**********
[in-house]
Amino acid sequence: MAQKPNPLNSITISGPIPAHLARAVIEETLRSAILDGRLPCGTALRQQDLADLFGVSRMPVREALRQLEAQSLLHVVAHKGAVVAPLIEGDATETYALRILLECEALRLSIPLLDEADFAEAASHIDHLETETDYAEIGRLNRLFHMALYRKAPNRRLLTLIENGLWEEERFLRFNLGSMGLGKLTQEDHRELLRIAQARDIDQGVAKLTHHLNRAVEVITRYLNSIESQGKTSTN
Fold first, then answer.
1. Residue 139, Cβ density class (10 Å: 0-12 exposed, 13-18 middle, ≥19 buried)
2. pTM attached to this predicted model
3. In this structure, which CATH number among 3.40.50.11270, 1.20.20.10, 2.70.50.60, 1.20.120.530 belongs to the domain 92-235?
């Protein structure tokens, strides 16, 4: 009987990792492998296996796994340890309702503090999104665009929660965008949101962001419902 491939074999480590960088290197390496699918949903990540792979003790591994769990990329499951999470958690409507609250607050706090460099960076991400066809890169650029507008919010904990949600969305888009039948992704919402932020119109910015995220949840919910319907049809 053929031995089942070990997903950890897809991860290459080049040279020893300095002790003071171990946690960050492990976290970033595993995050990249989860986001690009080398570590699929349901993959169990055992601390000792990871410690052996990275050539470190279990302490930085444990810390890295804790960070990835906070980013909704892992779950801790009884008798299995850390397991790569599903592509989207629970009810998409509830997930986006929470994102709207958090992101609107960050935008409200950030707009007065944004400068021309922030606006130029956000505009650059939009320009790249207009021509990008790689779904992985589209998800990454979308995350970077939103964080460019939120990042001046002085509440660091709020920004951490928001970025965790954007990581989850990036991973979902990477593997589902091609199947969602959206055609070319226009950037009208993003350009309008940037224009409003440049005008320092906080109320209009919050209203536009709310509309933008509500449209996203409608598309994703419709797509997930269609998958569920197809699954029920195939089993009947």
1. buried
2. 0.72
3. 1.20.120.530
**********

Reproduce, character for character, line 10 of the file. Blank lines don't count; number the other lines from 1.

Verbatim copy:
3. 1.20.120.530